IBM Opens New Cloud Resiliency Center

IBM announced the opening of a new Cloud Resiliency Center to help protect enterprises against disruptions with its business continuity services.

The center in Research Triangle Park, N.C., will be added to the company's stable of existing centers designed to help companies mitigate business interruptions and recover quickly if disaster does occur.

IBM noted that a recent Ponemon Institute study -- commissioned by IBM -- estimated that the cost of a long-lasting outage could be $32,000 per minute on average. Also IBM said, instant social media commentary about any major corporate problem or outage could damage a company's reputation and impact future revenue.

To prevent that, "IBM's new resiliency center integrates cloud and traditional disaster recovery capabilities with innovative physical security features," the company said in a statement. "With cloud resiliency services, the recovery time of 24 to 48 hours that was once deemed the industry standard has shrunk dramatically to a matter of minutes. Open 24 hours a day, seven days a week, the resiliency center team will monitor developing disaster events and then mobilize as needed to ensure that the infrastructure for all customers is configured to handle the latest threats to keep data, applications, people and transactions secure."

The impact of business disruptions.
[Click on image for larger view.] The impact of business disruptions. (source: IBM)

The cloud-hosted center seems fitting, as cloud computing comes with all kinds of security implications. For example, recent research indicates cloud computing itself can increase the risk of costly security problems, while yet other research found the No. 1 expected benefit of enterprises moving to the cloud was "disaster avoidance/recovery and business continuity."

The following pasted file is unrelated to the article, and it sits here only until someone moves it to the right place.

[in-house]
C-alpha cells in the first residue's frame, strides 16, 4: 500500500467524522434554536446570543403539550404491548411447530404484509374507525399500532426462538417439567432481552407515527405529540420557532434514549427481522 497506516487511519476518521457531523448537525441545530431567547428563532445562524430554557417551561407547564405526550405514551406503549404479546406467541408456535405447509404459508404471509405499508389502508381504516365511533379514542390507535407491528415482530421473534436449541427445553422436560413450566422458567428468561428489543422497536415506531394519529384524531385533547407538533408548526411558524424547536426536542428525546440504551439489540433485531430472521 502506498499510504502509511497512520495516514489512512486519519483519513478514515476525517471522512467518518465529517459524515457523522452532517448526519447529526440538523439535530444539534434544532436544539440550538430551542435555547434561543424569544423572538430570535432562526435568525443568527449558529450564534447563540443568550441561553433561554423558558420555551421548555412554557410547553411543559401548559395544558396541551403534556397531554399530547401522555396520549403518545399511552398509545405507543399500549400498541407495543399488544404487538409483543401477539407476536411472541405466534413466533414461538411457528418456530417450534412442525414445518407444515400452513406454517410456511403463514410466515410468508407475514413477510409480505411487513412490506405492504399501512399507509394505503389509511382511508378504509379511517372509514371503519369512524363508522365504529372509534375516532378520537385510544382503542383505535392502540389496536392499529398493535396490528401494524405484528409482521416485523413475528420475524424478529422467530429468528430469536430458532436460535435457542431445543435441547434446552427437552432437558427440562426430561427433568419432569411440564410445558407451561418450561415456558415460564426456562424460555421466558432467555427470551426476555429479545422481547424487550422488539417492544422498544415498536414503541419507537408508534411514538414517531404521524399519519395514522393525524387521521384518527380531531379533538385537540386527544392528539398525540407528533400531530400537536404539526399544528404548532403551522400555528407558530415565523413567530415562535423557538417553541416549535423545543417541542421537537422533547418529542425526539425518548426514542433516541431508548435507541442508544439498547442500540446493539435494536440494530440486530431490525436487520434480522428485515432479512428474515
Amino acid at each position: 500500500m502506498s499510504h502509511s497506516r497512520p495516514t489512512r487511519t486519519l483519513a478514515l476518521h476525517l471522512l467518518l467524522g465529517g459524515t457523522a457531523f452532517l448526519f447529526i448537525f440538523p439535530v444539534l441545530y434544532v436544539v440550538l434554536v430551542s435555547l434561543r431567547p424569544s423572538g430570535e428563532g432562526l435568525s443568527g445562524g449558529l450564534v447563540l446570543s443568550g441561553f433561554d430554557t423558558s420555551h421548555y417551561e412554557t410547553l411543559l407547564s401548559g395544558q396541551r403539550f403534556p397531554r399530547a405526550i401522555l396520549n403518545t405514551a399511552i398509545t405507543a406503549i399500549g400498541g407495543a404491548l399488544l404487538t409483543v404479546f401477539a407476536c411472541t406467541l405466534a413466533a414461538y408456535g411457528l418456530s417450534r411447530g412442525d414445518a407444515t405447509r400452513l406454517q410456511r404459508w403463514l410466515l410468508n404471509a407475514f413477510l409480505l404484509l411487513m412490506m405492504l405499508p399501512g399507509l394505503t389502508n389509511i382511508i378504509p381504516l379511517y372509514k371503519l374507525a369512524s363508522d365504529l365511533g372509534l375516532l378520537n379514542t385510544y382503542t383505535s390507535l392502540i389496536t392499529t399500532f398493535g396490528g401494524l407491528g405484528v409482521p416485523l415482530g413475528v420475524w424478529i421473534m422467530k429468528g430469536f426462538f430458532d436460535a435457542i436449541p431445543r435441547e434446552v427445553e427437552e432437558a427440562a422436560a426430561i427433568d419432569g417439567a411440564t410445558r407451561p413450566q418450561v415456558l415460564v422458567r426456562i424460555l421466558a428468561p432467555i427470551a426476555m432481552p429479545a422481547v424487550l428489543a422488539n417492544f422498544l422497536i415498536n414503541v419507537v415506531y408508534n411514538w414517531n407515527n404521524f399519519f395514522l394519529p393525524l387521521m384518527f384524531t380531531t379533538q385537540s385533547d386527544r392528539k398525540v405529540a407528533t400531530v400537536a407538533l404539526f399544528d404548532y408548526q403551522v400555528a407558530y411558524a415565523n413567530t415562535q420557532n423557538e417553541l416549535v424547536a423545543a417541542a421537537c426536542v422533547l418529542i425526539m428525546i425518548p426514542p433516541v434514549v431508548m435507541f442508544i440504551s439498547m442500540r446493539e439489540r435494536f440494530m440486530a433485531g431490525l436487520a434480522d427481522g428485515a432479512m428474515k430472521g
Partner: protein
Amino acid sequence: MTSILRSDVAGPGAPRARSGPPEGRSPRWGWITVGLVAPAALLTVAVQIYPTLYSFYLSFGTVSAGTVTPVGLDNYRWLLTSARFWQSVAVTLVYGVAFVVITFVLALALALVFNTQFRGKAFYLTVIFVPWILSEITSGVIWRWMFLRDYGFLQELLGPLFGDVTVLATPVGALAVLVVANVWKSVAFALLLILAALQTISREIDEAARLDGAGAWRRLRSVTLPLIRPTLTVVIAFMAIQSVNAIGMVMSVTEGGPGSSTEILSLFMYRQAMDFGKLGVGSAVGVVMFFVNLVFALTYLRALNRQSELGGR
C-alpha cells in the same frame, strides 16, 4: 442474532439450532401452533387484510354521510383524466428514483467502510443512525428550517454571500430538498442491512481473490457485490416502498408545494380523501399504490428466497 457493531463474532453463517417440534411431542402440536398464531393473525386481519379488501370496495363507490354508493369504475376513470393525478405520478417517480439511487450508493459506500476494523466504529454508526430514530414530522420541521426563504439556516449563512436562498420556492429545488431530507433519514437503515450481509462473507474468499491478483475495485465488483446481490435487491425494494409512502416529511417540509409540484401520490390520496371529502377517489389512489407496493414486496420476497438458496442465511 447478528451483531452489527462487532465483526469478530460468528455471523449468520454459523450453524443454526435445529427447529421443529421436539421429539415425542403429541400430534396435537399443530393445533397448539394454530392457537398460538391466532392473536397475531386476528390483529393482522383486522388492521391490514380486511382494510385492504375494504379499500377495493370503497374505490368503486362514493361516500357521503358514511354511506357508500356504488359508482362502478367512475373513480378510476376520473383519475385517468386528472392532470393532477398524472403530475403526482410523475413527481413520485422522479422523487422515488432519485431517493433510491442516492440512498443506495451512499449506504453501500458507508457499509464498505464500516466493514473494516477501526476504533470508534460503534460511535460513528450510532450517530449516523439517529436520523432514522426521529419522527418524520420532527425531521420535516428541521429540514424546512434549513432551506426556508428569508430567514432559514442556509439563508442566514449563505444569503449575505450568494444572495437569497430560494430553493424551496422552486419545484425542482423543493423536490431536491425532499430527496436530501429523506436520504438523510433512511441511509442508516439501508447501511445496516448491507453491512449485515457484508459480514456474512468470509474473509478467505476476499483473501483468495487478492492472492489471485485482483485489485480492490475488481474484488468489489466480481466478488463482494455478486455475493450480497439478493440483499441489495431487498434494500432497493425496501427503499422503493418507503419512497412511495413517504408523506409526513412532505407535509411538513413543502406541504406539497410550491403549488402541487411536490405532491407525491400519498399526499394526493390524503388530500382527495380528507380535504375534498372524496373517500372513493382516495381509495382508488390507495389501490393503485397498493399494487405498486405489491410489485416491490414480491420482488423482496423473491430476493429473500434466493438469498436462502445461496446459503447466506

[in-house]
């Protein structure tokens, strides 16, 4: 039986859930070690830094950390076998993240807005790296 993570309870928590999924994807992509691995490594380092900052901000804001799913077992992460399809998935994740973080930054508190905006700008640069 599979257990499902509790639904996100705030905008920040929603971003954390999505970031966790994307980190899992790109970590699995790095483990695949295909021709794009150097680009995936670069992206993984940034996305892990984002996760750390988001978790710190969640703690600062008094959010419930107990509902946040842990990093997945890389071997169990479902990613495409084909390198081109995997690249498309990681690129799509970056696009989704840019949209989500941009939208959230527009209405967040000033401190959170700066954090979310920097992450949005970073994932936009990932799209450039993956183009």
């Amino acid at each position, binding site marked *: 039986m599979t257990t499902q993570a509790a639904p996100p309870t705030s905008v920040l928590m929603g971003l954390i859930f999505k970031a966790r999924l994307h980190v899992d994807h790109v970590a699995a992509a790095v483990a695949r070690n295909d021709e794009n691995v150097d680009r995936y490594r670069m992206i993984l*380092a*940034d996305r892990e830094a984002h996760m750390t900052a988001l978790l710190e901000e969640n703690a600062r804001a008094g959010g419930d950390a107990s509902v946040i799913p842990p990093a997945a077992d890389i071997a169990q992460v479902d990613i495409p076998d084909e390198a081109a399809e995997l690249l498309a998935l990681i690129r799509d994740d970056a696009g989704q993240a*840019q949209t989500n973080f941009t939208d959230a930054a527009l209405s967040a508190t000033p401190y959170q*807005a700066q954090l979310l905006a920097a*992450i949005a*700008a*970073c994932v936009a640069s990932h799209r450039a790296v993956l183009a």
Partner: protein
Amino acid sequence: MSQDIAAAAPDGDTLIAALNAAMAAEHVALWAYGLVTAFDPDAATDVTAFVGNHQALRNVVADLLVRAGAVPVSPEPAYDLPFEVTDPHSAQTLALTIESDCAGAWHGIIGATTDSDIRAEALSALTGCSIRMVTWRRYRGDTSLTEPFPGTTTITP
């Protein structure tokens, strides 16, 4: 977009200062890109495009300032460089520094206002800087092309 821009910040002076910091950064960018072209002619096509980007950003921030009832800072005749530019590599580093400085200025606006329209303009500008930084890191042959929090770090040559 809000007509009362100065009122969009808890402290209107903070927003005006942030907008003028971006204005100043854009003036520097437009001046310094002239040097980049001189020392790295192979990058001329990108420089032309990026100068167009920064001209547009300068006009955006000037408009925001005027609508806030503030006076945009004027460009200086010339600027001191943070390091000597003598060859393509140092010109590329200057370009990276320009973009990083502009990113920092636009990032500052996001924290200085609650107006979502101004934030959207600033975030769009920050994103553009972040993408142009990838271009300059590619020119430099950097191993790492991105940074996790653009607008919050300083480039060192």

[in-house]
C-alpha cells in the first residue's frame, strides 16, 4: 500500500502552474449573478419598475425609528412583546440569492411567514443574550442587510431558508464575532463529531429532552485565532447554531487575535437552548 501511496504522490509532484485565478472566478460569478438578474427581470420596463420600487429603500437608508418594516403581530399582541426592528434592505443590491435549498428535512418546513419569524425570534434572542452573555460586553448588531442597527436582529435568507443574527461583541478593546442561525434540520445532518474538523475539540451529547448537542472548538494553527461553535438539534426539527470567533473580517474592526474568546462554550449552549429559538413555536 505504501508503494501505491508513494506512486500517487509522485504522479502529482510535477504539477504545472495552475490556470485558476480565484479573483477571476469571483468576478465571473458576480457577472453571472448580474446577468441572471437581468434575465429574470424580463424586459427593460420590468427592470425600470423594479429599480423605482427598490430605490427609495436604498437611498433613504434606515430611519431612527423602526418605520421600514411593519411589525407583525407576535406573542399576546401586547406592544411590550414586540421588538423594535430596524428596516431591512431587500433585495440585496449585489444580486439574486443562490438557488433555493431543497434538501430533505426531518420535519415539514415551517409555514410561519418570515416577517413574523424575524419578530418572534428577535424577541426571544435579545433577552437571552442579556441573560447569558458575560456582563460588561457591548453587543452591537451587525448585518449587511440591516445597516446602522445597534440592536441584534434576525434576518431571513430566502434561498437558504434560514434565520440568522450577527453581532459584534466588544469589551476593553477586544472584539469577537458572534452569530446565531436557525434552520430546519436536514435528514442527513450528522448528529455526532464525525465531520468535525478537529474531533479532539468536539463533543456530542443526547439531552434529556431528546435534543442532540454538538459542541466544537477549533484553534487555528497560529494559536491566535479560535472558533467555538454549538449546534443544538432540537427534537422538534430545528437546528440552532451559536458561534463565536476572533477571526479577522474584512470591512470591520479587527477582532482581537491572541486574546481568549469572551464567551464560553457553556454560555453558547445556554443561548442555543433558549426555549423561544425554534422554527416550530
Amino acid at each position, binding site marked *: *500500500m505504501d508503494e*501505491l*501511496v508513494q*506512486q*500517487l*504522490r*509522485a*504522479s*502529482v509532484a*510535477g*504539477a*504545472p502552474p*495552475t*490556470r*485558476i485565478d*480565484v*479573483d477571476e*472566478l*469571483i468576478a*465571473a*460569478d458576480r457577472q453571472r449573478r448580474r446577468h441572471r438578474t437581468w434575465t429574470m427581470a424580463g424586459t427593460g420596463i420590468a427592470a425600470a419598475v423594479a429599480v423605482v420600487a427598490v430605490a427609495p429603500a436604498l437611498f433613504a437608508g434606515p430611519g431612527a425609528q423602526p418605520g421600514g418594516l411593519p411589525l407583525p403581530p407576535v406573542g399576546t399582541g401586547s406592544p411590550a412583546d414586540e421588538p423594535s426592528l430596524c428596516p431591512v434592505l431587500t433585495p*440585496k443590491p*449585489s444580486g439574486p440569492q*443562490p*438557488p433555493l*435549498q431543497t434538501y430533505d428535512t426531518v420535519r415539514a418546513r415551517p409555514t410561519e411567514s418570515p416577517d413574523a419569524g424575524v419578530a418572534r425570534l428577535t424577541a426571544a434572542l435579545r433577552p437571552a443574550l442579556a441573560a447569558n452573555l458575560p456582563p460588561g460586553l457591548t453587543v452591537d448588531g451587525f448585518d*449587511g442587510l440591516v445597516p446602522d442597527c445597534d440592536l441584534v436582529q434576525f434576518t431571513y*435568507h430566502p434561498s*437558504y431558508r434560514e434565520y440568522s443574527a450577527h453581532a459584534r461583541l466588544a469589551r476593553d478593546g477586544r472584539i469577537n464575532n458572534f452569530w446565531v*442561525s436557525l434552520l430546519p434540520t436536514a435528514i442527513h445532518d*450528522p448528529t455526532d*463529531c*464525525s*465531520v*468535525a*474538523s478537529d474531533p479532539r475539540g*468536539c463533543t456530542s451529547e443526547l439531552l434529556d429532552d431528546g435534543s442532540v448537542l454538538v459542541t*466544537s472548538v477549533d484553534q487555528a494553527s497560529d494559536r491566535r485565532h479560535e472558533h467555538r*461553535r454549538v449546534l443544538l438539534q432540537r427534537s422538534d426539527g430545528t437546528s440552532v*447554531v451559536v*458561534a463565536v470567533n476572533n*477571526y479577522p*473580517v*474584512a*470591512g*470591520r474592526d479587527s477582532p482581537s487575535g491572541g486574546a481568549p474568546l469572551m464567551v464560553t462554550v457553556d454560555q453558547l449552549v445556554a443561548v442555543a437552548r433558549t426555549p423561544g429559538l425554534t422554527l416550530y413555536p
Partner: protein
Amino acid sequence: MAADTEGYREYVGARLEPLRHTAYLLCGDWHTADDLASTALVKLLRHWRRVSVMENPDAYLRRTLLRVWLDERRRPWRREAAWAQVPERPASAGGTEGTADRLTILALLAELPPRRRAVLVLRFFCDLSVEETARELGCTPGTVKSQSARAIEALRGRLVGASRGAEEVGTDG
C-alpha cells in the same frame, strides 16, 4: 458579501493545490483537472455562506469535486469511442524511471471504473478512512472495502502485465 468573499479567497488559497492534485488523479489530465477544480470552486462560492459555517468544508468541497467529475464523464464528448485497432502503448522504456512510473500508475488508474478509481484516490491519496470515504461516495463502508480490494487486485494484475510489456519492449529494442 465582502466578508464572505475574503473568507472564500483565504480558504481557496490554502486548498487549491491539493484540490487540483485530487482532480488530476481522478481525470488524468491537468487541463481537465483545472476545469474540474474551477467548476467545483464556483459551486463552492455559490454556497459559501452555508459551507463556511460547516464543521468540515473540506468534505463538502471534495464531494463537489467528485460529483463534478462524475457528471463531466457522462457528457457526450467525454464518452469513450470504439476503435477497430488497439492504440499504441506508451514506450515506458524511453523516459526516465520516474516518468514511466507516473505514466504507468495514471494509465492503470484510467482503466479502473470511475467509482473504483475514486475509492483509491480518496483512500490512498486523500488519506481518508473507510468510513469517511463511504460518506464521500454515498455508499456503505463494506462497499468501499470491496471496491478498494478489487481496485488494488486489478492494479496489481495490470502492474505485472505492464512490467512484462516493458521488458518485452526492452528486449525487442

In fact, IBM said, the business continuity and disaster recovery market is expected to grow dramatically, totaling almost $32 billion by 2015.

IBM hopes to capitalize on that opportunity by improving business resiliency services such as automated backup of data and applications; duplication of IT infrastructures; expedited recovery of data, applications and servers; and easier storage, management and retrieval of data.

The North Carolina center is the newest of IBM's 150 such centers in 50 countries. The company plans to open two more resiliency centers this year in Mumbai, India, and Izmir, Turkey.

One customer that helped IBM break in the new North Carolina center is Monitise, which handles mobile money payments and transfers. The company uses the new center and one in Boulder, Colo., to expand its mobile commerce ecosystem.

"Banking, paying and buying on mobile is becoming an increasingly integral and recognizable part of daily life -- so for us as a Mobile Money provider, delivering a quality, always-on service is essential," said Monitise exec Adam Banks in a statement. "As we expand globally, this partnership with IBM allows us to provide a consistent, reliable customer service while having in place a proven cloud resiliency plan that ensures us that no matter the issue, our real-time service capabilities will not be impacted."

IBM isn't alone in chasing the growing market for cloud-based business continuity and disaster recovery services, as other industry heavyweights such as HP, VMware and Microsoft offer similar services, along with numerous smaller companies.

According to Microsoft-sponsored research conducted by Forrester Consulting, "Forty-four percent of enterprises either are extending disaster recovery to the public cloud or plan to do so. And ninety-four percent of enterprises that are doing disaster recovery to the cloud say it helps to lower costs and improve service-level agreements."

About the Author

David Ramel is the editor of Visual Studio Magazine.